The Armitage / Richard III rumble, Week 5!

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Catch up on all the news relating to the disposition of Richard III’s mortal remains at the King Richard Armitage fan initiative here. I found interesting that even now, there are new entries into the fray. There was an interesting rumor this afternoon, but I’ve been asked to wait to discuss it, so I will. Keep your eyes on the King Richard Armitage fan initiative page for the latest updates.

Check out the beginning of Wand Week 2012 there as well (see previous details). I’m blogging there about witchcraft, magic, spells, and all that Halloweeny stuff there this week. Was Richard III really threatened by witchcraft?

Back to where they should inter him. Personally, I favor Cdoart’s proposal to bury him in … wait for it … Bavaria!

Finally, at Fly High! Maria Grazia explores Richard III in the historical novels of Alison Weir, who’s just published a new one on Catherine, the younger sister of the ill-fated Jane Grey and who was imprisoned herself by Elizabeth I for her clandestine marriage to Edward Seymour. I haven’t read any of Weir’s novels, but I loved her account of the political demise of Anne Boleyn, which is the closest I’ve ever seen a popular work come to showing readers what historians actually do with their sources.

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And now, to this week’s group read of Sharon Kay Penman’s The Sunne in Splendour. As always, directions to follow the chat on Twitter or FB are found at the end of this entry.

[Left: the Neville armorial]

Last week: We were embroiled in Warwick’s second attempt to wrest control of England from Edward, with the defection of John Neville from Edward‘s camp to Warwick‘s and the flight of the royal brothers to Burgundy (TSIS, Book I, ch. 16). We witnessed various reactions to the readeption of Henry VI (ch. 17) and to the birth of the future Edward V (ch. 18) as well as hearing discussions that took place before the marriage of Anne Neville and Edward of Lancaster (ch. 19) during Edward and Richard’s Burgundian exile (ch. 20).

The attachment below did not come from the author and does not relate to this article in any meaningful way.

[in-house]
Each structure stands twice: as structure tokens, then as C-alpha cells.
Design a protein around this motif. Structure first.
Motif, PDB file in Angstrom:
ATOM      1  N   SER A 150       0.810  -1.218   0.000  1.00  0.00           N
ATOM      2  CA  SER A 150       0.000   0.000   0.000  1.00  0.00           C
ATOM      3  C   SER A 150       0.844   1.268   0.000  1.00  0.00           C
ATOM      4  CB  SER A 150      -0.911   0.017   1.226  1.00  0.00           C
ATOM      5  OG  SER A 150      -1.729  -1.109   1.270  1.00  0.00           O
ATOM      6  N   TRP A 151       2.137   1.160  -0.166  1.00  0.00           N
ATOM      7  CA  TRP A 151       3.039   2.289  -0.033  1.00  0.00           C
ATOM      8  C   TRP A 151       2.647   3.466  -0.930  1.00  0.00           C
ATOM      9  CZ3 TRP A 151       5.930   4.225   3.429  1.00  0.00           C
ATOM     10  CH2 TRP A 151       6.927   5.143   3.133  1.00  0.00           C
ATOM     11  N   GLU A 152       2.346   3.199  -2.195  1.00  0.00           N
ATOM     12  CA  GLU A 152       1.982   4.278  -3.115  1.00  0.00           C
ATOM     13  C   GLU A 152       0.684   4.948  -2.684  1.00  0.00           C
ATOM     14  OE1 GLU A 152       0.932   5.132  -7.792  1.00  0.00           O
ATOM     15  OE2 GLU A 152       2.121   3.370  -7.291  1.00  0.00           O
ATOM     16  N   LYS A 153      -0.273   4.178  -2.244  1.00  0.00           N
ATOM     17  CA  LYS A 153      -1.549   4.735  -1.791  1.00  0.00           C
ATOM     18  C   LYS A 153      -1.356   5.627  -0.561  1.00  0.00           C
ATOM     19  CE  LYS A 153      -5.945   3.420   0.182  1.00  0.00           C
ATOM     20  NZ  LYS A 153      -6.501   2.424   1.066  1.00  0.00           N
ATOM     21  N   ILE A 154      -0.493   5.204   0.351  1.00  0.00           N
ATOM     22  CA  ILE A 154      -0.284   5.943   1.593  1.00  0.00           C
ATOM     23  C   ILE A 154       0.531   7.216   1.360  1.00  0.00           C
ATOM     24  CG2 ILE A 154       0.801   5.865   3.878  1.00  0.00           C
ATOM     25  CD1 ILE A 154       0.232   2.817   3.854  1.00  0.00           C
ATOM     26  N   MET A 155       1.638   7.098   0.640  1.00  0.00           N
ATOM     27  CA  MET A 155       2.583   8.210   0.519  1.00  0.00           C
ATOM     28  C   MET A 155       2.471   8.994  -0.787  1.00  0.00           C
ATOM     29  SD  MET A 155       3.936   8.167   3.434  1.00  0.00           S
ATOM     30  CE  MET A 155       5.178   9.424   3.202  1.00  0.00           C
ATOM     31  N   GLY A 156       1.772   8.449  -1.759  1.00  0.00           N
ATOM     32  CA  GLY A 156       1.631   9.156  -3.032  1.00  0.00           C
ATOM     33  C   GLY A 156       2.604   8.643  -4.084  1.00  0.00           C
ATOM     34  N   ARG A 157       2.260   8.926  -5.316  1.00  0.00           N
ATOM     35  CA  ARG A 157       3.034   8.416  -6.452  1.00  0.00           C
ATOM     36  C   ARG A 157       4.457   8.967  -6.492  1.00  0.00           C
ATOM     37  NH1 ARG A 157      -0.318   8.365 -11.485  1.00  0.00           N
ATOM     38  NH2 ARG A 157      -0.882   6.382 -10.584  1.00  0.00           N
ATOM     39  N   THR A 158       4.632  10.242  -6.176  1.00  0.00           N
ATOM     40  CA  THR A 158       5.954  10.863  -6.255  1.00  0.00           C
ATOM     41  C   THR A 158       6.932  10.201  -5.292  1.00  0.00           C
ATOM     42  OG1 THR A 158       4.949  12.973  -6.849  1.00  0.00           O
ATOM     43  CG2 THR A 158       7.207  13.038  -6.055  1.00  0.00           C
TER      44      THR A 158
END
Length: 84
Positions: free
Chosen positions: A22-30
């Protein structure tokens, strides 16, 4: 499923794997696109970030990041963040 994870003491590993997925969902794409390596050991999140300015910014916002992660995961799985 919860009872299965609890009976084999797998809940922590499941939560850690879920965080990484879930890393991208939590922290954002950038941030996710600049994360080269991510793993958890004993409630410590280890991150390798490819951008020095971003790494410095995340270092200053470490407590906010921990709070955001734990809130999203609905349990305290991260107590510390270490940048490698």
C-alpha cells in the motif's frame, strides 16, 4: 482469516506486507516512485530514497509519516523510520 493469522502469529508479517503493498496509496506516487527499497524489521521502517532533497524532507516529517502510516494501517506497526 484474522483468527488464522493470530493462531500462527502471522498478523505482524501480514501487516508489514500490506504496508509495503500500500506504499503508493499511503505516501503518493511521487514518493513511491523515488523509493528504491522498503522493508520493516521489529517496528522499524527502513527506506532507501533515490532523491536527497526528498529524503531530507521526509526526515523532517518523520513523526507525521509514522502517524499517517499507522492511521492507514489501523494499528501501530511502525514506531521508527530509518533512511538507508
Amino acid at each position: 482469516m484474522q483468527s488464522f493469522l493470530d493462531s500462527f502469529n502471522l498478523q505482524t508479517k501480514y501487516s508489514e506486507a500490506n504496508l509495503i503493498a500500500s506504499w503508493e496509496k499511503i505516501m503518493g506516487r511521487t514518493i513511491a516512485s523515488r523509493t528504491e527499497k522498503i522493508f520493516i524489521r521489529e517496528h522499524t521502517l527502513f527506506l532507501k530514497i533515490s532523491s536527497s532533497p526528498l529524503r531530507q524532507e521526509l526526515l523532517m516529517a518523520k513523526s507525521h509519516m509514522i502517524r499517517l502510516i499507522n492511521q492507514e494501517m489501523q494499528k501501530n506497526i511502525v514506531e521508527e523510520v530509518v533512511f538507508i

[Right: Walmgate bar, through which Edward IV entered York in March, 1471.]

This week: We begin (ch. 21) with Charles the Bold‘s about-face regarding Burgundian support for Edward’s campaign to regain his throne, seen through the eyes of Philippe de Commines and through Edward and Richard’s sister, Margaret of York, Charles’ third wife. Once Charles’ support has been granted — equally in response to French aggression against Burgundy as to rumors that royal brother George / Clarence is planning to switch sides, Margaret pleads with Edward to reconcile with George, something Edward already plans. Reactions to Edward’s landing at Ravenspurn (Yorkshire) are the topic of ch. 22, in which Cecily Neville receives the news at a Lenten sermon in London and passes it on to Elizabeth Woodville in sanctuary; Warwick reacts from the distance of a few months, while contemplating the possibility of George’s betrayal. The city leadership of York (ch. 23) negotiates over opening its gates to Edward; while we await the decision, Rob Percy, Richard’s childhood companion, ponders the terror of waiting and describes Richard’s nerves during the almost-failed landing and afterwards. York admits Edward, who promises to take an oath of loyalty to Henry VI. This decision grants legitimacy to the dissimulating Edward, who confronts the Lancastrian forces at Coventry (ch. 24), commanded by Warwick, now reflecting over John Neville’s decision not to engage Edward’s forces and the non-support of the Lancastrian nobles, who are hostile to his ally, Marguerite and to France. George’s army joins the Yorkists and the brothers celebrate a tense reunion. Finally (ch. 25), Edward returns to London to put the curiously fey Henry VI back in the Tower. This week’s reading ends with Edward’s reunion with Elizabeth; evidence of continued tensions between Richard and Elizabeth’s Woodville children; and three reunions with Cecily — Richard’s (tender); George’s (unsuccessful); and Edward’s (triumphant).